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So, if I have text like this:

int x() {
int a = 1;

return a;
}

Trying to indent the inner part of the function does not indent the blank line. (Using visual mode and >)

How can I change the behavior of vim so that the blank line is also indented?

  • 8
    Are you saying you want a line with only white spaces? – Peter Rincker Sep 29 '15 at 16:09
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    What exactly does an indented blank line look like, other than unnecessary whitespace bytes bloating your files? – twalberg Sep 29 '15 at 16:19
  • @Peter Rincker: Yes that is correct! – nijoakim Sep 30 '15 at 14:26
  • @twalberg: It shows saner indentation guides if I have tab show as e.g. pipes. For example: :set list and :set listchars=tabs:|\ . Also, it doesn't mess up my cursor's position when going up and down and it makes it easier to create a new line with the correct indentation. (Pressing o on a completely empty line produces a new completely unindented line.) – nijoakim Sep 30 '15 at 14:30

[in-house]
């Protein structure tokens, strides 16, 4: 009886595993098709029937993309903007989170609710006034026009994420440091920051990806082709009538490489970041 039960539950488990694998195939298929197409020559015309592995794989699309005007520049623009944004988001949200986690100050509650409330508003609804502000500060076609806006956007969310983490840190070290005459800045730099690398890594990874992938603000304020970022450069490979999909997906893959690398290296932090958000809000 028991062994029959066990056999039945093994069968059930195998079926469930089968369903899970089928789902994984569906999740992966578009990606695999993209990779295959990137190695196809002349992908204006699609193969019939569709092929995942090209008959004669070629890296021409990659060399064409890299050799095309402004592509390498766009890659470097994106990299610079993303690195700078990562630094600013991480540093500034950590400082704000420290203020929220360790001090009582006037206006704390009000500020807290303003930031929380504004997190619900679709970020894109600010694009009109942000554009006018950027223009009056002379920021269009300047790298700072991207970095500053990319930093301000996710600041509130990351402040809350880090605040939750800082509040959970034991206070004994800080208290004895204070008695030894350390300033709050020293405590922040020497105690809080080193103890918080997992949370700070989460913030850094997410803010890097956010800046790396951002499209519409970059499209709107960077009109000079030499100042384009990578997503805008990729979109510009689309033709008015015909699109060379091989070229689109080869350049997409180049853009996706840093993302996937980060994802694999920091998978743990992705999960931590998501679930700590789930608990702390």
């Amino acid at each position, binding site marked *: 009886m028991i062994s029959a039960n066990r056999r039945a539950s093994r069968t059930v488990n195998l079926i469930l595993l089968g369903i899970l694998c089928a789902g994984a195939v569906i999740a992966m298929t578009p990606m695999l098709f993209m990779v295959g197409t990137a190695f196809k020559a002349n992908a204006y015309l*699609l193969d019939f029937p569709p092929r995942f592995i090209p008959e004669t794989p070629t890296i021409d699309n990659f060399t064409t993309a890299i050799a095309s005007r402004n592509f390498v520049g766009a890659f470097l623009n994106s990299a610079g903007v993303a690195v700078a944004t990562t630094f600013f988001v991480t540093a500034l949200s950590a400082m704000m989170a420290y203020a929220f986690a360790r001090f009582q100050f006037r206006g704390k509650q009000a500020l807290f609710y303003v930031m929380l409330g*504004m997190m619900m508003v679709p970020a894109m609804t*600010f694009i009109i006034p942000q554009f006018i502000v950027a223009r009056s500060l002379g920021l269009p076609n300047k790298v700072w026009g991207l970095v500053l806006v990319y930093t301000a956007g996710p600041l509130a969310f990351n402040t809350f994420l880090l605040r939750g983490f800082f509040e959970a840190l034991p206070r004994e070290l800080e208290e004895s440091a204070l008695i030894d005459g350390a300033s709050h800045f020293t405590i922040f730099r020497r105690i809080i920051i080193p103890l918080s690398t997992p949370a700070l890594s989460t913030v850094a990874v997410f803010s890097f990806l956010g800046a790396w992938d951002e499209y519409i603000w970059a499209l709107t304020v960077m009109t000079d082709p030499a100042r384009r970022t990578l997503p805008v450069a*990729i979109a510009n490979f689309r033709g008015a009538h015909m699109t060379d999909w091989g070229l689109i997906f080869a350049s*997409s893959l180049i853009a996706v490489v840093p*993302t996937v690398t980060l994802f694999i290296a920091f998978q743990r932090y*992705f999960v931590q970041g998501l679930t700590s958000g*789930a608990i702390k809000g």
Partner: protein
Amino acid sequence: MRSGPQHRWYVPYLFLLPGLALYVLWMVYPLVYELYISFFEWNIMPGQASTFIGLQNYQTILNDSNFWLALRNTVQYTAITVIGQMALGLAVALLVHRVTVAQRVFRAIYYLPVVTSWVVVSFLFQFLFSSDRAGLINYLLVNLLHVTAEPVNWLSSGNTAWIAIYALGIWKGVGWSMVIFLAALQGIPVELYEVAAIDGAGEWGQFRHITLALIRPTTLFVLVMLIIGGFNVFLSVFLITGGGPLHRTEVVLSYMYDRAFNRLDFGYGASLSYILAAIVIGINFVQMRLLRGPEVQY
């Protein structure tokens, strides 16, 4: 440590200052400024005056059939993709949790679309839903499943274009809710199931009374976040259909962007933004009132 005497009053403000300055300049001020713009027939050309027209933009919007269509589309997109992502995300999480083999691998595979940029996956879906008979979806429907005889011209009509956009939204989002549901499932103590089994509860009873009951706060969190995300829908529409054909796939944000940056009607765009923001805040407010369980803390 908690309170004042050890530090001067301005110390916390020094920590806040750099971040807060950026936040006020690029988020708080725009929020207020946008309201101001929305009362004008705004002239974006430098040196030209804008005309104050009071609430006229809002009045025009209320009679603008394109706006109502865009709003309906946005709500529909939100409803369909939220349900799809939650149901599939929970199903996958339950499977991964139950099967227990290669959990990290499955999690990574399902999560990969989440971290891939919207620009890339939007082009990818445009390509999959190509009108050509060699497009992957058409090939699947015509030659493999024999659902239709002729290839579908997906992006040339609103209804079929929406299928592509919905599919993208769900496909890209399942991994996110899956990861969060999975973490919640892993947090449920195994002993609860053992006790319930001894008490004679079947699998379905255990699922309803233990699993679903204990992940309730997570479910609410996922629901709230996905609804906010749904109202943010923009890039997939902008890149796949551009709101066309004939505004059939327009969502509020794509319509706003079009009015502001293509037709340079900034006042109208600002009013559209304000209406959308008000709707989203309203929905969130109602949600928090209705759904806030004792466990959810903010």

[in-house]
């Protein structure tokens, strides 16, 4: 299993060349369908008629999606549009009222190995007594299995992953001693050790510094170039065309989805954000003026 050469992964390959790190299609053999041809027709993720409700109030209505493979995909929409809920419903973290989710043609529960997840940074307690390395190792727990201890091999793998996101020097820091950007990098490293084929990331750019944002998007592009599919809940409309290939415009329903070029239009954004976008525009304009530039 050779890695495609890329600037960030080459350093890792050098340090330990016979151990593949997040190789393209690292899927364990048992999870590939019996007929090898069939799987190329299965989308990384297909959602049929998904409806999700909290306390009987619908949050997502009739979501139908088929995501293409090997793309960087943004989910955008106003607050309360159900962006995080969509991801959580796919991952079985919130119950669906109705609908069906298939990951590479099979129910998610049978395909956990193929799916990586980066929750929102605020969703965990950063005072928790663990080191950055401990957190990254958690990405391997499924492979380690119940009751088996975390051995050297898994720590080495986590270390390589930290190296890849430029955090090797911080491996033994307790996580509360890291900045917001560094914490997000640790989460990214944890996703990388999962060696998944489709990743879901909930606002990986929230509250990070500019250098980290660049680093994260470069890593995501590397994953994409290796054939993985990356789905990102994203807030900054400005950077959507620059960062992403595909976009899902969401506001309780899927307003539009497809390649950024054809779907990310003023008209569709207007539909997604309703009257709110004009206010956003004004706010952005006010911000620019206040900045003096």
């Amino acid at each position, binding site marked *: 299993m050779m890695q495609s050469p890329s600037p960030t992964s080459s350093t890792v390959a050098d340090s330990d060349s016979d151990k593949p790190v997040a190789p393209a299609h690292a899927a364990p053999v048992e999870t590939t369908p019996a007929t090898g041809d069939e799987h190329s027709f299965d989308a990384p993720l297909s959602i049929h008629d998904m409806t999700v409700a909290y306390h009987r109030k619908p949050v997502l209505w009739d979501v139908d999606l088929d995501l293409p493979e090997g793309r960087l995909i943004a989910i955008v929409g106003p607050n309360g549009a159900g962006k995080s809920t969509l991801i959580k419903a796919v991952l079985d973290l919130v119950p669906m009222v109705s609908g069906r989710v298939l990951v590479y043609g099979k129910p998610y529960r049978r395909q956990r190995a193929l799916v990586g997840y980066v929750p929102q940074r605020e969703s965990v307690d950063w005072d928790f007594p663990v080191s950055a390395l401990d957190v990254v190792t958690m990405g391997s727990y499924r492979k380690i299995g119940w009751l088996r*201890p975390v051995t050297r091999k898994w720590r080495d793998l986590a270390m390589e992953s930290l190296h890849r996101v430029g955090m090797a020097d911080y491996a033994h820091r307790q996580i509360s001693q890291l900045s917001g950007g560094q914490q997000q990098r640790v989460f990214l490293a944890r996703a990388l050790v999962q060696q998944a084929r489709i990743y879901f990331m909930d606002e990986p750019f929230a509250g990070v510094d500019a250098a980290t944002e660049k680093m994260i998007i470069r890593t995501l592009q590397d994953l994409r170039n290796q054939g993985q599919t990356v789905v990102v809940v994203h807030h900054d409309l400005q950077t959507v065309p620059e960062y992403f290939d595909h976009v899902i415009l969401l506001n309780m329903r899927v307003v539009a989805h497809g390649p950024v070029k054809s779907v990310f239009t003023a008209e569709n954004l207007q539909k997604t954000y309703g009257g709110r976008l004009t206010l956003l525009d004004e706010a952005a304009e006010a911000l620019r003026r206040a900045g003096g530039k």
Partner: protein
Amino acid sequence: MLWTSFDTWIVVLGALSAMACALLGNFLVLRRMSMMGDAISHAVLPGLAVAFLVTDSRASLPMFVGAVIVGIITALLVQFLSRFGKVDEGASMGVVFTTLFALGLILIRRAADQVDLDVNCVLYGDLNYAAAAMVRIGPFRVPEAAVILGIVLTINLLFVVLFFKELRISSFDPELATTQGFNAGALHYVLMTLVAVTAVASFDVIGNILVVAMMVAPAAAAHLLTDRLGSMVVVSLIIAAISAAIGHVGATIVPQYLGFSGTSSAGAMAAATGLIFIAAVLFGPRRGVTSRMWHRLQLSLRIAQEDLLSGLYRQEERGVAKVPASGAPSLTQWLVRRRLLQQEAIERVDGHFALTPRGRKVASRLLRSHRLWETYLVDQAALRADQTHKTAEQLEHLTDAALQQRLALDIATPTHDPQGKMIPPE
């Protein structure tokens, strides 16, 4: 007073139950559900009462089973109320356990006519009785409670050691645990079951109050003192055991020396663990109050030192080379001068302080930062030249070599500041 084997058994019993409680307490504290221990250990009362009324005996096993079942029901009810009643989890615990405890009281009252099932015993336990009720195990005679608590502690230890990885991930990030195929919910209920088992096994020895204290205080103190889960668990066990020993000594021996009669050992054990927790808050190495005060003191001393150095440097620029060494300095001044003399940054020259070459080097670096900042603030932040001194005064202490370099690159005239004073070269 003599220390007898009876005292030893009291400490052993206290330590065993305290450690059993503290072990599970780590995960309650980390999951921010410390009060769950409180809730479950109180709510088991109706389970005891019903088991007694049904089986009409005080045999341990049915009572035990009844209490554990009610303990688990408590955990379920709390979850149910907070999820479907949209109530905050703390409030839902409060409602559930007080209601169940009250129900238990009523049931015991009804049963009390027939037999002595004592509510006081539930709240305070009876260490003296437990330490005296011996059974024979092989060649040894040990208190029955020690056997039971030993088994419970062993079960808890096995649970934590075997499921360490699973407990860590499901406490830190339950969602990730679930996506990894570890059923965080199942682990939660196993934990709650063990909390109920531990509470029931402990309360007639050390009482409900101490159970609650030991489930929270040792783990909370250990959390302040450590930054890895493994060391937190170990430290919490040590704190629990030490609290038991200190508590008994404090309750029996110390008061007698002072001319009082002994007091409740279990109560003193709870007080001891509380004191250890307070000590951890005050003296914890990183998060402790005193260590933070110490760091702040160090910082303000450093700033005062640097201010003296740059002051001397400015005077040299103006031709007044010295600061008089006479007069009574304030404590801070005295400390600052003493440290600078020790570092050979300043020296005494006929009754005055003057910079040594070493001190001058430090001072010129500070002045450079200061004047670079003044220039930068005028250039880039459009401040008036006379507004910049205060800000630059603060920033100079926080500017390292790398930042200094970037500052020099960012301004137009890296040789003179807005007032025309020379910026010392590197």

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    @nijoakim o/O and S/cc both work correctly. It is more than likely that you do not have filetype plugin indent on in your vimrc. Also using white space as you wish will affect useful paragraph motions like { & } and ip & ap. Your cursor position should also be fine as vim stores the virtual column so going from a long line to a short line back to a long line does not alter the cursor column. You may want to look into 'virtualedit' if wish to strictly keep the cursor position. See :h 'virtualedit'. – Peter Rincker Sep 30 '15 at 15:10
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I am trying to offer just a very simple way how to do it. You can try to use blockwise Visual mode with CTRL-V (or CTRL-Q on Windows) to choose a block you wish to indent (start at column one). Then (you need to have +visualextra feature; use :version to find out if you have it) you can press I (I mean Shift-i) CTRL+TEsc. Or you can do it by mapping

vnoremap <Leader><Key> I<c-t><Esc>

More on these :h v_b_I:h i_CTRL-T.

But I really think you should not use a line with only white spaces.

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